I exit from the lift and look frantically for a place to sit. There is no seating arrangement in place. I refresh the NTES app on my phone. At least an hour more of waiting. I have just cancelled my previous ticket where the train was 7 hours late.
The open space in front of the lift has people sitting or lying down on sheets of newspaper. No space to stand there. I find a quiet corner near the ramp where it is relatively clean and watch the rain outside. I look down at the tracks from my vantage position. Big trenches everywhere instead of the platform. No point in going down there until it is time for the train to arrive.
Habibganj. Touted to become a world class railway station. Set to become India’s first privately managed railway station. To be a transit hub with shopping centres, eateries and restaurants. But as of now it is all dug up.
Idhar khuda hai, udhar khuda hai. Jahaan dekho bas khuda hi khuda hai…I murmur as I descend down the stairs to platform number 4. There is hardly a platform. A deep ditch seems to have engulfed its centre. Grotesque iron rods project from the ground. The platform is dark and slush from the construction work makes walking dangerous. The only lights are the red blinking ones announcing the position of the compartments of the next train. I blink and stare at a slight movement. There is a lone construction worker in the ditch. No safety gear. No helmet. He’s trying to find his chappals in the dark. Between those dangerously protruding rods. Some more workers cross us. Wet- because of the rain or sweat- I cannot say. No protective gear.
The passengers here know all forms of jugaad. They sit on the stairs- packed neatly to the left. Because the rain is lashing down the right side. A mongrel joins them and no one minds. What a great leveller the Indian Railways is!
I wait at the base of the stairs. Not knowing where to go- right or left. No announcements to tell me which way to go. I find a group of boys all looking alike. Non-descript T-shirt, crumpled jeans, backpack hanging down to their waists and all poring down into their mobile phones. I stand four paces behind the group which is a sensible decision. Two minutes later one of them shoots a trail of red spit my way. And I narrowly escape being in the line of his red fire. I glare at him. He glances at me as if nothing happened and resumes his boisterous conversation. I want to wring his thick neck or smash his thick skull. Preferably both.
Forty minutes later the dead blinking red lights come alive. My train has been announced – but do I go left or right? No clue. On an impulse I start walking to the right. Gingerly avoiding more trenches and ‘men at work’ signs. The wheels of my suitcase creak with the grit. It is easier to carry it rather than drag it. I have been walking almost 10 minutes to the other end of the platform, but still cannot find the display sign with my compartment number. I realize I have walked beyond the covered end of the platform when the cool breeze hits my face. No more sign boards here. I presume my compartment will stop here.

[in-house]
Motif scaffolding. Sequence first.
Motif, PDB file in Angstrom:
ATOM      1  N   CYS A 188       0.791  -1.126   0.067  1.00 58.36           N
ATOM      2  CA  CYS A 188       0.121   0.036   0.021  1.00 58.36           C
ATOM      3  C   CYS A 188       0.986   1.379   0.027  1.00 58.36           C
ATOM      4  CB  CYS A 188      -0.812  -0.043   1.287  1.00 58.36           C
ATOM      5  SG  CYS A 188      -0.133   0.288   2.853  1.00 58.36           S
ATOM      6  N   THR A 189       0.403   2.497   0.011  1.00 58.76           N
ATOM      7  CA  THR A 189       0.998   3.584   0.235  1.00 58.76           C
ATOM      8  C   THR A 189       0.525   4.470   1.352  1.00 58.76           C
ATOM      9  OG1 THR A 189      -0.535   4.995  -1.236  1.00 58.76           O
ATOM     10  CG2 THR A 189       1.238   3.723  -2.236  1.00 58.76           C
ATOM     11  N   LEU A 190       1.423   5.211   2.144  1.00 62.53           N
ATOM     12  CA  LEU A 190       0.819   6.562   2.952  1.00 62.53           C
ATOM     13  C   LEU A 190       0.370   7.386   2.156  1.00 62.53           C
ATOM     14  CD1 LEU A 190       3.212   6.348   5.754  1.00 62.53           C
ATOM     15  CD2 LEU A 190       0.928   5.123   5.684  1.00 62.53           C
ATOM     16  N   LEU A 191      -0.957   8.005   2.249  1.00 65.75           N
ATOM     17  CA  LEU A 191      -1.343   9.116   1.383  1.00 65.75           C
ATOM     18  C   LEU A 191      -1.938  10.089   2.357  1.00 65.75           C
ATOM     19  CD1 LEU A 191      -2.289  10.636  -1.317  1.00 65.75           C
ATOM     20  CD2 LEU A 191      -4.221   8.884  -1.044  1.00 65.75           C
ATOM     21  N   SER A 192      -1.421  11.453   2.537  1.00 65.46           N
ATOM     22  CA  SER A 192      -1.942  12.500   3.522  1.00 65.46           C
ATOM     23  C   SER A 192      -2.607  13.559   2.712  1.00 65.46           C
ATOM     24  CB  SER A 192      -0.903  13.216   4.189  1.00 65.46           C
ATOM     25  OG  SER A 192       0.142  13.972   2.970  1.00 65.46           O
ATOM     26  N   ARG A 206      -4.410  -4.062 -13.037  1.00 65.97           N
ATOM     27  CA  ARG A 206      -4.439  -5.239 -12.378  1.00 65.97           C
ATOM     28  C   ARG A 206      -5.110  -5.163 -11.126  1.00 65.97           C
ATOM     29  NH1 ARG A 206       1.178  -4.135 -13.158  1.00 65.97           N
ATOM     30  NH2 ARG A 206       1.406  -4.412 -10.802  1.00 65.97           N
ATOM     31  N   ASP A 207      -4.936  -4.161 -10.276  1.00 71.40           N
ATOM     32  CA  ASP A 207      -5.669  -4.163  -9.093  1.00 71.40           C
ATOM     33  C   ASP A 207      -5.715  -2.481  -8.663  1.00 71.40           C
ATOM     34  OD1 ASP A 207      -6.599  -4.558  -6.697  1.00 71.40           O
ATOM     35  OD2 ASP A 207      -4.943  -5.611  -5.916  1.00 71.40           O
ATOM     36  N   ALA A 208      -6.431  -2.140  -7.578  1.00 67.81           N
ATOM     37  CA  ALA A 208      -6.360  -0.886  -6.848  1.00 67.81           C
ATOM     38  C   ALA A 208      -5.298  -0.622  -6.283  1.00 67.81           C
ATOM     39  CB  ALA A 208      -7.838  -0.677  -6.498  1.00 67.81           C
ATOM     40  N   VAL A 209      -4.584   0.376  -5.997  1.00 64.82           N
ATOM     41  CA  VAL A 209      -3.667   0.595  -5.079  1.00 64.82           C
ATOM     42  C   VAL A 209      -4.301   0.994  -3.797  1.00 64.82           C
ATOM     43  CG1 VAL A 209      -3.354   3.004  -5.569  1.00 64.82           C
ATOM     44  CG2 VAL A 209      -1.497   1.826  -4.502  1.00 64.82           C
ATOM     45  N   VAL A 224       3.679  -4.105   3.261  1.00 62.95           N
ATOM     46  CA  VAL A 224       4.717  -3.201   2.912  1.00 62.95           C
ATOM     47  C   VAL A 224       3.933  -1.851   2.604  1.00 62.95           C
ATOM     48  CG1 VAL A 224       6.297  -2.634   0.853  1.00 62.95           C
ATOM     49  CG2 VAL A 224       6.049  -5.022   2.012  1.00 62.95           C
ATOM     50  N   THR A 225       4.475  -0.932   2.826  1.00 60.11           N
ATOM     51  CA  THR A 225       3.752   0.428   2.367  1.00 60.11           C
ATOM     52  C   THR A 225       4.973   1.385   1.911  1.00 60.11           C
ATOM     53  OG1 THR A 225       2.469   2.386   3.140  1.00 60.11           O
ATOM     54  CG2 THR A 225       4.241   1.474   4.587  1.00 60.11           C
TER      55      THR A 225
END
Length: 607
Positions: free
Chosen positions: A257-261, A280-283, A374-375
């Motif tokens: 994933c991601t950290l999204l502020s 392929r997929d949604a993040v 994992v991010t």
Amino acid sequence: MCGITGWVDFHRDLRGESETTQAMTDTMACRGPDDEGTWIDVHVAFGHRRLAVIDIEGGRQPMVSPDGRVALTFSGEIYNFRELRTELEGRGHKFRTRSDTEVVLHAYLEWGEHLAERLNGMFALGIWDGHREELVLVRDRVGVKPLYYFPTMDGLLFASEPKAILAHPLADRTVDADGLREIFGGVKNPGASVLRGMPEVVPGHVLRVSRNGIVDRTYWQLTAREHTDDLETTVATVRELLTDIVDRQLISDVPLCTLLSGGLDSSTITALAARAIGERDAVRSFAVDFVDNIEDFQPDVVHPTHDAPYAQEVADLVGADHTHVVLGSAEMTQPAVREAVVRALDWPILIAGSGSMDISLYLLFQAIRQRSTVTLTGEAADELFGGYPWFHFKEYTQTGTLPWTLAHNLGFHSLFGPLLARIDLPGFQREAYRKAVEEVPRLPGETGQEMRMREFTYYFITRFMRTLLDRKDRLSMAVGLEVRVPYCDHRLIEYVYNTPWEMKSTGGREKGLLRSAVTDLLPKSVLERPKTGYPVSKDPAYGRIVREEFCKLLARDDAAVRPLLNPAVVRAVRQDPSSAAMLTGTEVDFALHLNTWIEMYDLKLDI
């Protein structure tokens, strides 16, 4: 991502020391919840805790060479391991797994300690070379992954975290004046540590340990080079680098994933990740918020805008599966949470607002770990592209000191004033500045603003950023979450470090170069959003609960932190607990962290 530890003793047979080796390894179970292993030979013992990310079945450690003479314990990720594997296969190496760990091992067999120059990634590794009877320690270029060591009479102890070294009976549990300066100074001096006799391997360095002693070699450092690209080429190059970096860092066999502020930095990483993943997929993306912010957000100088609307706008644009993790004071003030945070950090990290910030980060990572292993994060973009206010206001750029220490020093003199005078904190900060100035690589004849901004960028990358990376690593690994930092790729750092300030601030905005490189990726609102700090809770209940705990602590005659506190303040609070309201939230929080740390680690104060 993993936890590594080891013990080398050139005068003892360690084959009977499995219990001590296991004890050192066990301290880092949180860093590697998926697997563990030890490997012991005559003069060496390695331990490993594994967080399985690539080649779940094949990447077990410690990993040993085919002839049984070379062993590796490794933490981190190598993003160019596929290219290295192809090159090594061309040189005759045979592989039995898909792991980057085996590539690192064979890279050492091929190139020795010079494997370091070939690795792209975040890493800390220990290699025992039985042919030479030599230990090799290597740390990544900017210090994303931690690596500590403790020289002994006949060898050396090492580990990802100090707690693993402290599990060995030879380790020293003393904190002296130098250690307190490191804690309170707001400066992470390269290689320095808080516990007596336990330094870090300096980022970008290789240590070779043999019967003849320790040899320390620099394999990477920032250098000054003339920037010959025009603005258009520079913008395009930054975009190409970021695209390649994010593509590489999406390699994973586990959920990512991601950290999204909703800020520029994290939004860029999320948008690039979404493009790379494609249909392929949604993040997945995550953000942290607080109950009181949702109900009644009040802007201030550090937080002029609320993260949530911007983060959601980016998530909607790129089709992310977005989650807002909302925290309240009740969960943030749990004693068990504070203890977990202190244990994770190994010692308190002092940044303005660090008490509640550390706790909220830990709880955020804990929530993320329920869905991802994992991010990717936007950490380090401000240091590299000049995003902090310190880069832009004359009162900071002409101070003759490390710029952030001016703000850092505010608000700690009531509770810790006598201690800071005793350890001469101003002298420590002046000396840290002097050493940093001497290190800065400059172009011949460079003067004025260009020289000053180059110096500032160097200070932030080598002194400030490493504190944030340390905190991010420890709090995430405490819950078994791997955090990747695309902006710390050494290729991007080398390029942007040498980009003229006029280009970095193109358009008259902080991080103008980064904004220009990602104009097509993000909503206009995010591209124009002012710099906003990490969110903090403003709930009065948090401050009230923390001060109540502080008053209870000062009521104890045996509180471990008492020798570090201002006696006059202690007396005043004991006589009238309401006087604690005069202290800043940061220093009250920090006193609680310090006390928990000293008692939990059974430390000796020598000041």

I look around and find a nice bench. A lad with ear plugs is sitting in the centre of the bench. I ask him to shift a bit. He takes his ear plugs out, understands, nods and then shifts. After two hours of standing I mercifully find a seat. Thankful to this khuda.
I then notice that I’m seated under a glorious neem tree. Suddenly its leaves rustle in the welcome breeze. I’m thinking of an old grandma’s tale which says that ghosts stay away from neem trees. I’m safe.
Why didn’t I find this seat earlier? I could have eaten the parathas the guy in the guest house packed for me sitting here. Now they have gone cold.
We hear a train horn and everyone gets up. As it rattles past I strain in the dark to read Yeshwanthpur – H.Nizamuddin. These are not remotely the destinations of my train. False alarm. Not my train. It is the Karnataka Sampark Kranthi Express with that extra H. I walk back to my bench.
The lad with the ear plugs is still there, now laughing uproariously. I peep into his phone screen. Navjot Singh Sidhu is thokoing taalis seated on his big sofa. Where has Kapil Sharma disappeared? Detox regime? We perhaps needed a detox from him too.
Another hour later the train arrives languidly without announcements. A chap on the next seat is wearing a black T-shirt which reads: ‘I’m not lazy, I’m motivationally challenged’.
Exactly what I feel after three hours of needless waiting. Motivationally challenged.